Sunday, April 05, 2015

The List of Fraternities That Are Getting Shut Down Just Keeps Growing

This from the Chronicle of Higher Education:
It’s hardly unusual for fraternities to be shut down. Greek life, after all, has a long history of mixing a spirit of camaraderie with a tendency toward destructive excess.
OU SAE leads racist chant

But ever since members of a University of Oklahoma fraternity were caught on video two weeks ago singing a racist chant, news of fraternities’ being suspended or shuttered has come at an unusually rapid clip. Whether the growing scrutiny is a byproduct of enhanced media attention, wider administrative oversight, more outrageous behavior, clearer evidence of it on social media, or something else is hard to know.

Here is a list of the most prominent cases of fraternity discipline to be reported in the last two weeks:

Fraternity: Sigma Alpha Epsilon at the University of Oklahoma
What happened: Members were caught on video singing a chant about denying membership to African-American students and lynching them.
Punishment: The fraternity was disbanded, and two members were expelled by the university. The national organization announced a series of diversity reforms.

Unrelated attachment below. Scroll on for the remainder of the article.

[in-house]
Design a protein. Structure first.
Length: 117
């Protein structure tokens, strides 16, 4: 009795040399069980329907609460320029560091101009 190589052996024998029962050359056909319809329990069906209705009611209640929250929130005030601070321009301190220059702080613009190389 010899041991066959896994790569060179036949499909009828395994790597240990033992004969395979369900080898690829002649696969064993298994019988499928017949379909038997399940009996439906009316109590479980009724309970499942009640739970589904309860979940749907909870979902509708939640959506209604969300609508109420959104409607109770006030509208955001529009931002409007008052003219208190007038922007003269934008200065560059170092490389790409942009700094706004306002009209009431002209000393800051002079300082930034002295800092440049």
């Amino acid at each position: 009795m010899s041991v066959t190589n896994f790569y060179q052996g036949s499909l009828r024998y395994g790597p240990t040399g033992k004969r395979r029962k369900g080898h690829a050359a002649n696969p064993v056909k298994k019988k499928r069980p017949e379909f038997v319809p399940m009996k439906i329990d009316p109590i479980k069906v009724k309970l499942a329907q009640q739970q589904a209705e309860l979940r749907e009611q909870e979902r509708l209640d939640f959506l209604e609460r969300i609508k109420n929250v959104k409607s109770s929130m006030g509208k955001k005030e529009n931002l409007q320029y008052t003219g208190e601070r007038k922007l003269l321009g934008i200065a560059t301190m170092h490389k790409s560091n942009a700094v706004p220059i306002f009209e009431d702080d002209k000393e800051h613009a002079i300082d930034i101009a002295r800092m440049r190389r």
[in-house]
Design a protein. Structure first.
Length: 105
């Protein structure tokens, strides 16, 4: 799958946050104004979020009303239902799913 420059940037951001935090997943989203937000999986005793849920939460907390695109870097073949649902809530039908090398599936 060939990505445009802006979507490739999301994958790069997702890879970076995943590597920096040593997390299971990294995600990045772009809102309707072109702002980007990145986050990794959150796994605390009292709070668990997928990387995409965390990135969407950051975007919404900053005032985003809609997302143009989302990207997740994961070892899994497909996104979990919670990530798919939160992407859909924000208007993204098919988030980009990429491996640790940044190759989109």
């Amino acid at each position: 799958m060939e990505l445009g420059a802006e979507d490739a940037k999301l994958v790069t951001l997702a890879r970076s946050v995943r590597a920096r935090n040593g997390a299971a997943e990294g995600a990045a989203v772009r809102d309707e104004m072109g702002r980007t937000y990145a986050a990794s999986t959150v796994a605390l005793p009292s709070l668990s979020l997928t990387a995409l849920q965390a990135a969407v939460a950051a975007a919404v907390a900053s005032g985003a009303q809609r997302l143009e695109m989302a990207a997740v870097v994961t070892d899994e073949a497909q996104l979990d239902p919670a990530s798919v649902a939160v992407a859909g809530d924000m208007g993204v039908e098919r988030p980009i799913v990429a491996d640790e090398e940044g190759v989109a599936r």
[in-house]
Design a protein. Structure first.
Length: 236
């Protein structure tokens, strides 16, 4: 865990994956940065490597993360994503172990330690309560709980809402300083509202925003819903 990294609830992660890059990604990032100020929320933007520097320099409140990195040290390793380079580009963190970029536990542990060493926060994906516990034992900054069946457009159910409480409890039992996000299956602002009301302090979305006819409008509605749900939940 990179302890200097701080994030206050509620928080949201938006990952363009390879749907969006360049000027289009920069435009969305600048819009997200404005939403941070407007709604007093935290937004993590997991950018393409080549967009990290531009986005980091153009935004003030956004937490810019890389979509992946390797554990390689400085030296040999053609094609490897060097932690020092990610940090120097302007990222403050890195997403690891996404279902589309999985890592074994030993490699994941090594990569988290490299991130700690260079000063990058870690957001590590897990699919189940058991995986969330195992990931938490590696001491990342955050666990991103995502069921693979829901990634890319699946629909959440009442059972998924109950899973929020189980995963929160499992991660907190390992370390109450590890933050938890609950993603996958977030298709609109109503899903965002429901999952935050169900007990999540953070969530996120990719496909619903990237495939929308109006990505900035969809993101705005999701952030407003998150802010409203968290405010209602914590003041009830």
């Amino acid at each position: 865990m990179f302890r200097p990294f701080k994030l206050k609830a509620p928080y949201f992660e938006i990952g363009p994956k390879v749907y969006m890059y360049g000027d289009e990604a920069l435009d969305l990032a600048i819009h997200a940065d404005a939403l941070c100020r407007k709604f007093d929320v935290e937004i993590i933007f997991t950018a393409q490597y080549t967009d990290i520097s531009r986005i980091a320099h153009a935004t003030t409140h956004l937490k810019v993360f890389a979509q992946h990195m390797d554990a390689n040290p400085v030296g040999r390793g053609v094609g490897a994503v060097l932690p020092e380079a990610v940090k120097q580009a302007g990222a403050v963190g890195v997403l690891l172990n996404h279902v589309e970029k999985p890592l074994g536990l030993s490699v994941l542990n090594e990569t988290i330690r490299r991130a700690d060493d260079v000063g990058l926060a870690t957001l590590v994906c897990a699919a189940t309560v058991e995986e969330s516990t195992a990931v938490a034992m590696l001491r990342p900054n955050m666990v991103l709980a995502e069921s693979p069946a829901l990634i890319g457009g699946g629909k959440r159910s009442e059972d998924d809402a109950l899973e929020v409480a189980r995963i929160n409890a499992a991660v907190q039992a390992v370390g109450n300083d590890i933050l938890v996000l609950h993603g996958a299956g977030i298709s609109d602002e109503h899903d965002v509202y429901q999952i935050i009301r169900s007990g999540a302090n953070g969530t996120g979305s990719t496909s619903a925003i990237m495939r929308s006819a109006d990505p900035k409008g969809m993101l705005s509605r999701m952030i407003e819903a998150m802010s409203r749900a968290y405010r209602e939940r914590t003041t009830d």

Fraternity: Kappa Delta Rho at Pennsylvania State University’s main campus
What happened: Members were accused of maintaining a Facebook page where they shared photographs of nude, incapacitated women. One member, speaking anonymously, defended the page as “satire.”
Punishment: The fraternity was suspended for a year by its national organization. The university and the police are investigating.

Fraternity: Sigma Alpha Mu at the University of Michigan at Ann Arbor
What happened: Members trashed a ski resort, reportedly causing upward of $400,000 in damage.
Punishment: The fraternity was permanently disbanded by its national organization. A prosecutor filed charges against three members of the chapter and said he would charge other members when he learned their names. The charges include malicious destruction and drug and alcohol use by minors.

Fraternity: Chi Phi at the University of Wisconsin at Madison
What happened: The fraternity hazed new members, the university said, denying them food and making them undergo hooded isolation.
Punishment: The university removed the fraternity’s recognition as a student group.

Fraternity: Sigma Chi at the University of Houston
What happened: The university became aware of allegations of hazing.
Punishment: The chapter was suspended, and five students were suspended from the university.

Fraternity: Alpha Tau Omega at North Carolina State University
What happened: A student said she had seen illegal drugs at the fraternity and also alleged she had been sexually assaulted there.
Punishment: The fraternity was suspended.

Fraternity: Pi Kappa Phi at North Carolina State University
What happened: A book associated with the chapter that contained racially and sexually inappropriate language, along with derogatory comments about women, was found at a restaurant close to the campus.